There is a high risk of transmission of these pathogens to humans posing a potential threat to gloabl health
Illegal trade of protected animals that host dangerous pathogens poses serious threat to human health globally as per a new study of the wildlife markets in Lao People's Democratic Republic (Lao PDR).
The study titled ‘Wildlife Trade and Human Health in Lao PDR: An Assessment of the Zoonotic Disease Risk in Markets’ was conducted by conservation biologists, public health experts and veterinary officials in Laos and released on March 23.
The authors observed more than a tonne of living and/or recently killed mammals were offered for human consumption in seven markets that were surveyed thrice to include a sample of 1,937 mammals.
The authors of the study include researchers from Wildlife Conservation Society, officials from Laos’ National Animal Health Laboratory and north-Carolina-based FHI 360 —a non-profit human development organisation.
Transmission to humans
The group observed species from 12 taxonomic families capable of hosting 36 serious zoonotic pathogens. “Such pathogens can "jump" from animals to humans and cause serious and sometimes rapidly spreading diseases. Examples of zoonotic pathogens include rabies virus, ebola viruses, hanta viruses, Severe Acute Respiratory Syndrome (SARS) virus and avian influenza H5N1 virus.
On average, 92 individual mammals per day were observed in conditions that support frequent wildlife/human contact—and ultimately could facilitate pathogen spillover.
In addition, researchers observed a lack of bio-security practices in seven markets, further indicating the potential for pathogen transmission from infected wildlife to humans. “Only one of 11 vendors handling and butchering wildlife practiced hand-washing and running water was not present in all markets. Furthermore, vegetable or other fresh-food products were frequently in contact with wildlife products, providing a route for cross-contamination,” says the study.
According to Sarah Olson, co-lead author of the study with WCS's Wildlife Health and Health Policy Program, "Human disease-causing pathogens clearly lurk in wildlife markets. The danger to your health is just less visible than the dangers to conservation. You can usually observe endangered species illegally on sale, but a range of largely invisible pathogens are likely there as well."
There has been a growing domestic demand for illegal wildlife meat in Laos, which the local media reports, is driven from affluent politicians and urban residents who seek animal parts and meat for personal consumption.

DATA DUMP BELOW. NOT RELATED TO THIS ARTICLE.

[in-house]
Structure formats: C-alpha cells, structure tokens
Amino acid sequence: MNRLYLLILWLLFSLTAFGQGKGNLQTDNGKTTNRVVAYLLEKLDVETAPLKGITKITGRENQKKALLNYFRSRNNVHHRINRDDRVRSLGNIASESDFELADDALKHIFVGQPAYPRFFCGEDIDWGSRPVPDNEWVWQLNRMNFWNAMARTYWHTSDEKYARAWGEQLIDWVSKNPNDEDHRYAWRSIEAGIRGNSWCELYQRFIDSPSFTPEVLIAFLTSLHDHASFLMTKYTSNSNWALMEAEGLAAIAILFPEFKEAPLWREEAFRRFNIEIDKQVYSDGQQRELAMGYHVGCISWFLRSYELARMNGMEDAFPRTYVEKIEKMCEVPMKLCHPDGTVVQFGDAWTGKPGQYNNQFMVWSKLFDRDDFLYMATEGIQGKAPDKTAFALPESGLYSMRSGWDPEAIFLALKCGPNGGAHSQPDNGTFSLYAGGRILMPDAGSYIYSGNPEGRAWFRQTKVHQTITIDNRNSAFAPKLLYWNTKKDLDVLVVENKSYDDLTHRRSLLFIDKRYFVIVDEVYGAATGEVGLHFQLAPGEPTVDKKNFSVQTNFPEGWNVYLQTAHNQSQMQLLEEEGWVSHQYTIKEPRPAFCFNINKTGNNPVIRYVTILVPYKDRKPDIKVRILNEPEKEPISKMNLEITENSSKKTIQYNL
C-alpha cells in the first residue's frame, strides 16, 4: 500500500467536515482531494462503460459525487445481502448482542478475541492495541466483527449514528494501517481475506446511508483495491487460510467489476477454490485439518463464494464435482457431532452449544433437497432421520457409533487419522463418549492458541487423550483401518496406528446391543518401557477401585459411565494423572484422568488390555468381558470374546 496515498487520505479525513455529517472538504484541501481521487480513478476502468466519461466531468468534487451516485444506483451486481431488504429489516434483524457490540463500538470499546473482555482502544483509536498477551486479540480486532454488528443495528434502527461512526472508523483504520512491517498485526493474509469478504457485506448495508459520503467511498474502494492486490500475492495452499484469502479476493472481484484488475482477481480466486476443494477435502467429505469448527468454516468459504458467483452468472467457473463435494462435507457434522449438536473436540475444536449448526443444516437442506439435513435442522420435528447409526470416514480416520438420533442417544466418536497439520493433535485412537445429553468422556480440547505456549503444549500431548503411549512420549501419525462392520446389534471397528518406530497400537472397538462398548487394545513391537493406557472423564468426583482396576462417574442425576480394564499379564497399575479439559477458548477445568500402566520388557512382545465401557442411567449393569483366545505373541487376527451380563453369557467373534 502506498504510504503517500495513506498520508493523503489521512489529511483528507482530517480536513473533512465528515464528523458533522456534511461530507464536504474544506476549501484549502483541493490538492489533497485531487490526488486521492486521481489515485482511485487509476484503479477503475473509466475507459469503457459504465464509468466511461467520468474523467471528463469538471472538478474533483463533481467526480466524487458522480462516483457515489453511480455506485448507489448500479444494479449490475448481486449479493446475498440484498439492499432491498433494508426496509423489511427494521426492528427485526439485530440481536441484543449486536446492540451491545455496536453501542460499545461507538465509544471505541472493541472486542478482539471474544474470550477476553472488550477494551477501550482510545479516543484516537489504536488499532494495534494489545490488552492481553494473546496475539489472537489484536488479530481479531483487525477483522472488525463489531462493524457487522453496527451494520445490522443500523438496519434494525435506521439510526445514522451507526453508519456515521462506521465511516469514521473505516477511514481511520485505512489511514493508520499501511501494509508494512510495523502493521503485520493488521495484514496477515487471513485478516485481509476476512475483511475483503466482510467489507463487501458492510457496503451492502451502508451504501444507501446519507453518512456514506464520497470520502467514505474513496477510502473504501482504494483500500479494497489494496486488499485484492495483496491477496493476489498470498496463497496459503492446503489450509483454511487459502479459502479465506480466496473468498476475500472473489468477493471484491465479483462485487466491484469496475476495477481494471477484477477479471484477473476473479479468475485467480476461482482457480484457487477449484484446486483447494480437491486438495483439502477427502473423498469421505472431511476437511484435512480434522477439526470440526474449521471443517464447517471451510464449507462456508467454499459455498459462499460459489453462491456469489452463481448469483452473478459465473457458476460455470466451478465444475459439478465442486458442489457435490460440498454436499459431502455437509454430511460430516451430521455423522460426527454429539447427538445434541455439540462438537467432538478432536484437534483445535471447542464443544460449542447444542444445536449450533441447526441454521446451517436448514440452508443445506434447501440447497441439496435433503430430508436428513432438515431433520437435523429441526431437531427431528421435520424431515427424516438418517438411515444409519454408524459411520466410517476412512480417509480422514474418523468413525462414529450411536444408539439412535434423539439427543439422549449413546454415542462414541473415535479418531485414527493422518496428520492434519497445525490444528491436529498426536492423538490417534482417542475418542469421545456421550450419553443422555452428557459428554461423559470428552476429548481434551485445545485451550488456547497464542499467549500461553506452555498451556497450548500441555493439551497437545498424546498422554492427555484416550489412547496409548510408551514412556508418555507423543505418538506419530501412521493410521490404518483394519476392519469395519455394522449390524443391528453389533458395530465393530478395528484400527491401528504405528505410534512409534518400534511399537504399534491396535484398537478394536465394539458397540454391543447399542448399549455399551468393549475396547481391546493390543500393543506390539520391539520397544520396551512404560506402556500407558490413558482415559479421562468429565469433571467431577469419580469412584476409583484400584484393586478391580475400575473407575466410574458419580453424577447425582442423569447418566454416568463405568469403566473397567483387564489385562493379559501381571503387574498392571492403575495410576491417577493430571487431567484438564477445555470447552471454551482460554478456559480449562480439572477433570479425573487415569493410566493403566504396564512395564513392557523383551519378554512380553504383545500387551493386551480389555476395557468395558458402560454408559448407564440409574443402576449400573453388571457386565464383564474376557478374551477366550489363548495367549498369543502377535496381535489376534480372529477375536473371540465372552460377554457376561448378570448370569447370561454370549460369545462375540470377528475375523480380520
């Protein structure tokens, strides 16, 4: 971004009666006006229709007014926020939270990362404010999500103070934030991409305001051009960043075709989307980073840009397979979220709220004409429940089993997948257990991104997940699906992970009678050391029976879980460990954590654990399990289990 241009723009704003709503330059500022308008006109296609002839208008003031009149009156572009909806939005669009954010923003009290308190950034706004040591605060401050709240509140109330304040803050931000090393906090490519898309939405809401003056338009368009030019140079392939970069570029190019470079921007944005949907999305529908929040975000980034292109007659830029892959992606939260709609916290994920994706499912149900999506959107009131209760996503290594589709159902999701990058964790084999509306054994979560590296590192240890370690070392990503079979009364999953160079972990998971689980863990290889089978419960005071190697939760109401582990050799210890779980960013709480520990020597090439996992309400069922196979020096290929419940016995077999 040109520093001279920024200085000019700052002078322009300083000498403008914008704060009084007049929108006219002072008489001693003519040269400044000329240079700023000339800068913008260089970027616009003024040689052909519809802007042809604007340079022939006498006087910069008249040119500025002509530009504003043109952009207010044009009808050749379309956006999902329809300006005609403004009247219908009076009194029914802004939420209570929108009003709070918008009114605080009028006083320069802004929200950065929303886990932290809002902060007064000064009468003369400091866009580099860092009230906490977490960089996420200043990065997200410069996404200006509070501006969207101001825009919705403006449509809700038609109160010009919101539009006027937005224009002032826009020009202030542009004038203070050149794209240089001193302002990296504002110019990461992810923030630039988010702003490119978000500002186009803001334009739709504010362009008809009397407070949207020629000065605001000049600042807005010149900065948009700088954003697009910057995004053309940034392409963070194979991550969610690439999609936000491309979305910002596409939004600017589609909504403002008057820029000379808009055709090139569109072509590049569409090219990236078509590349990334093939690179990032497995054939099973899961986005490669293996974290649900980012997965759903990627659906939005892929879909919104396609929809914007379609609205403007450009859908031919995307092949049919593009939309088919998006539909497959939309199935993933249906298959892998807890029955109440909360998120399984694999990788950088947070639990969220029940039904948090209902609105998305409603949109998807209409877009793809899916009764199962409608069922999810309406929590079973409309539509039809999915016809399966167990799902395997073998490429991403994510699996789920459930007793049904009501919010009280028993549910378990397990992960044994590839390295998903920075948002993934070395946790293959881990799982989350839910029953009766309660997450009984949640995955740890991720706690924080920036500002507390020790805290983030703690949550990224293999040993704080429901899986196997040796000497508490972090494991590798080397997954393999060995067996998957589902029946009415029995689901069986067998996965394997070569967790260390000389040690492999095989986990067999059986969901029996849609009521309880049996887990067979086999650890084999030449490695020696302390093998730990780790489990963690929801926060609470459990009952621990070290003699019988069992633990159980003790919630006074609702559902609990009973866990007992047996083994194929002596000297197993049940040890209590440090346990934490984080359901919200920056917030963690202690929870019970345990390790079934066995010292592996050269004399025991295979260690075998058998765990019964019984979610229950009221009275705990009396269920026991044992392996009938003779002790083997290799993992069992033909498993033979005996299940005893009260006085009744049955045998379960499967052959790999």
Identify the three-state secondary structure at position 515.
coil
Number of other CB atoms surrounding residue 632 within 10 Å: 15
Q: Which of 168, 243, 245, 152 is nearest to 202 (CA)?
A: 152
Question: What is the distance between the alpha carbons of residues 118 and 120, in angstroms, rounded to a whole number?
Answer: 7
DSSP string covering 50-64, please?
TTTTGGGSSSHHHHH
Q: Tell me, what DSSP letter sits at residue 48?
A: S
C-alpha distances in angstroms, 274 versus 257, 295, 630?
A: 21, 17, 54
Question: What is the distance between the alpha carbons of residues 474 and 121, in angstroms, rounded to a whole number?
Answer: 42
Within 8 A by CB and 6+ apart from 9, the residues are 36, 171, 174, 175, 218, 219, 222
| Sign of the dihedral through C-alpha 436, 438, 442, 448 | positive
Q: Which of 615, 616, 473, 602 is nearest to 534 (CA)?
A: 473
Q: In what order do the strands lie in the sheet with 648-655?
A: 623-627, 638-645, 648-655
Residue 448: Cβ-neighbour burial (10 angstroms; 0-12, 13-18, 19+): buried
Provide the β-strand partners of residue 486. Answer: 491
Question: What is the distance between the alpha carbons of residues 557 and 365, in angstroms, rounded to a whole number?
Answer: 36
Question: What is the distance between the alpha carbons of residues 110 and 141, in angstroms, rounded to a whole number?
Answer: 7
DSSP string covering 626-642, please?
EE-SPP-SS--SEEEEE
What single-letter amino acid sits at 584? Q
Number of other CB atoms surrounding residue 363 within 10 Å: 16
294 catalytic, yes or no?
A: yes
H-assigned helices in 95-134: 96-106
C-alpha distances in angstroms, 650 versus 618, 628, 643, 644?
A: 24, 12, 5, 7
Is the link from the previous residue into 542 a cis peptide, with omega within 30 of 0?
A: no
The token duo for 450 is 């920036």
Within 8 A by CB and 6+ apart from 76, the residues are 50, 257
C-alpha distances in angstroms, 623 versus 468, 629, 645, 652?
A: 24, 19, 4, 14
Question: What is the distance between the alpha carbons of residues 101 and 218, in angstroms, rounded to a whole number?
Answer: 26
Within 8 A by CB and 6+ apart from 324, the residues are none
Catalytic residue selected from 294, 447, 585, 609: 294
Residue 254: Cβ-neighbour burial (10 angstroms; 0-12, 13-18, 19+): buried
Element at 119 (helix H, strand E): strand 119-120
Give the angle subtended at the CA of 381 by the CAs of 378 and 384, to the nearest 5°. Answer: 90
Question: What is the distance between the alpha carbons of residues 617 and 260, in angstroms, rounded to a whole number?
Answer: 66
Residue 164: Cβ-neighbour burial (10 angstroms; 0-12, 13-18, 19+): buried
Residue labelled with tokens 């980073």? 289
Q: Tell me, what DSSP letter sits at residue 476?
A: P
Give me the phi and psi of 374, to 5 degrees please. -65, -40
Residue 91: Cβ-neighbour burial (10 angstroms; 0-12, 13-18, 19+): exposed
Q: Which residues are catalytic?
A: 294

Radio Free Asia’s Lao Service reports that officials with the Lao PDR Ministry of Agriculture and Forestry have seized more than 800 wildlife species being sold in the markets of the capital Vientiane since 2013. “The wildlife seized in Vientiane comes mainly from the forest just outside the capital, which is why the animals tend to be smaller, while larger one such as deer, tigers and bears, are confiscated in the provinces,” says the official on condition of anonymity.
Animals under threat
The authors of the paper further analysed 375 daily surveys conducted across 93 wildlife markets to understand the conservation threats. “A total of 238 individual animals (found in the market) were classified as ‘threatened with extinction’ according to the globally recognised IUCN Red List. Nationally, all wildlife sold in the markets are protected under the Lao PDR Wildlife and Aquatic Law,” the authors observed.
In another report released by London-based activist group Environmental Investigation Agency (EIA) on March 19, it was stated that the Golden Triangle Special Economic Zone (SEZ) housed a Chinese-owned casino and resort complex, where wildlife was kept in captivity for patrons to eat. “One restaurant in the complex offered bear's paws, monitor lizards, pangolins, Tokay gecko, snakes and turtles on its menu. Laos has become a lawless playground catering to the desires of visiting Chinese gamblers and tourists who can openly purchase and consume illegal wildlife products and parts, including those of endangered tigers,” said the report.
Laos is a signatory to the Convention on International Trade in Endangered Species (CITES), a multilateral treaty which seeks to ensure that international trade in specimens of wild animal and plants does not threaten the survival of the species in the wild. EIA has urged the parties to the CITES to impose trade suspensions on Laos for not cracking down on illegal wildlife trade.
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